For decades within the psychological community, it has been said that the twentieth century would go down as the "Freudian Century" of thought, mind, and ideals. Considered by many a revolutionary of modern psychology, Sigmund Freud was an intellect that began a scientific revolution, or paradigm shift, by introducing a concept called psychoanalysis in the late nineteenth century. A paradigm is a system of assumptions based on theories that a scientific community uses to define their field of study. When a paradigm shift occurs, the innovative concept is so unique that it is either rejected or received in totality. When Freud's idea was accepted, his colleagues in the scientific community claimed it as truth and thus rejected the preceding idea. By throwing away the theories of Freud's contemporaries, the world grasped a theory so original that few since have had such an influence on the way the mind is perceived. Considering the nature of the so-called Freudian revolution of psychological thought, it seems that the essence of Freud's ideals lies not in the discovery of new facts but in the process of discovering new ways of interpreting man's emotions, motives, and mind.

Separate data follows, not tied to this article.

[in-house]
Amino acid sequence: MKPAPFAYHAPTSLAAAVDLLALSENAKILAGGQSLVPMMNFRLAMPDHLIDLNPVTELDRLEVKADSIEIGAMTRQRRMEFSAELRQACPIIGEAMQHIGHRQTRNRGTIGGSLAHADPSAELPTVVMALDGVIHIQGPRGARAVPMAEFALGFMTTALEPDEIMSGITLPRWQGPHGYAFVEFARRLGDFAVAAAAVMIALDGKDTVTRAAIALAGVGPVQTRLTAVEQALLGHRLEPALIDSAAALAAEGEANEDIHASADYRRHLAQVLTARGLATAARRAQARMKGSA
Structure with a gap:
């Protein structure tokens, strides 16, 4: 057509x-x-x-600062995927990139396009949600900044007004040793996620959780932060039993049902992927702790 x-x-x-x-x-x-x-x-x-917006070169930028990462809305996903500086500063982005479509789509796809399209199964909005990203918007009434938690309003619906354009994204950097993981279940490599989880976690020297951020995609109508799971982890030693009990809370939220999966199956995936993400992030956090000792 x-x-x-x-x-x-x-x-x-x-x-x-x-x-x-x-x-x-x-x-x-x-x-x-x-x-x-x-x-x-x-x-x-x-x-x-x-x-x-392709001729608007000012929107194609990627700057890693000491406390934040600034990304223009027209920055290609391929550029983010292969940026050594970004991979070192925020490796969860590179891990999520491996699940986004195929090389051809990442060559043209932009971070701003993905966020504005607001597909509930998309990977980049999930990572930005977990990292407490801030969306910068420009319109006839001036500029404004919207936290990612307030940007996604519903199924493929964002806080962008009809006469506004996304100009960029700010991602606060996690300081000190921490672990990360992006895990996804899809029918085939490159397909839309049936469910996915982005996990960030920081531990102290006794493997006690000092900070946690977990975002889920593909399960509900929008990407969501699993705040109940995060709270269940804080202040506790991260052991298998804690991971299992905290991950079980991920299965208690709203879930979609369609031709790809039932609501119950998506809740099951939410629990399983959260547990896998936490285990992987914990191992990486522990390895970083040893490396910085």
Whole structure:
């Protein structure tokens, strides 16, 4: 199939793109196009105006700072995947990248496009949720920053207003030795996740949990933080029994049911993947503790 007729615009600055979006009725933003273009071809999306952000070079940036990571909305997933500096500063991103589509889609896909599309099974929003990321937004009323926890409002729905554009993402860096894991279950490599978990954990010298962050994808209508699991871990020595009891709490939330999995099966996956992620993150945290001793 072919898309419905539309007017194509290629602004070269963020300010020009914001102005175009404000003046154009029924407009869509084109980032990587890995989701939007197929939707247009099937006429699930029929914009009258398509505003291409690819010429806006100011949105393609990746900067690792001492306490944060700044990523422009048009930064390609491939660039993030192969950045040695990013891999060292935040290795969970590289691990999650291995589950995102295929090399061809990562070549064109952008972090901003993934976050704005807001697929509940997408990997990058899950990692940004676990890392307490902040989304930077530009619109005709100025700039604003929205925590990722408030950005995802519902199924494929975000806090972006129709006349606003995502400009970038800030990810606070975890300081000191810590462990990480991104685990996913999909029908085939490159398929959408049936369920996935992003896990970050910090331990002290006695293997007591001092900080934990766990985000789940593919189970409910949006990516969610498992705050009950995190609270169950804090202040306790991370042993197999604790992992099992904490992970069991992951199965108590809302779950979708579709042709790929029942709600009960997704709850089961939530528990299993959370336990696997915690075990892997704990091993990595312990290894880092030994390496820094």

When Freud introduced the concept of the unconscious realm, the mind's mode of operation had been a subject of confusion and debate in the scientific community. According to many, "it was Freud who was largely responsible for elevating our interpretations of human behavior to the rational ideas of reason and science" (Hock 230). Freud's theory of psychoanalysis is, to this day, a theory geared toward treating psychological disorders of the mental life and behavior of people. It began in response to patients whose symptoms, although genuine, were being misdiagnosed by psychologists. Seeing the need for a reformation in the way psychologists treated patients, Freud investigated the inner workings of the abnormal mind by clinically probing it to find the heart of human conduct.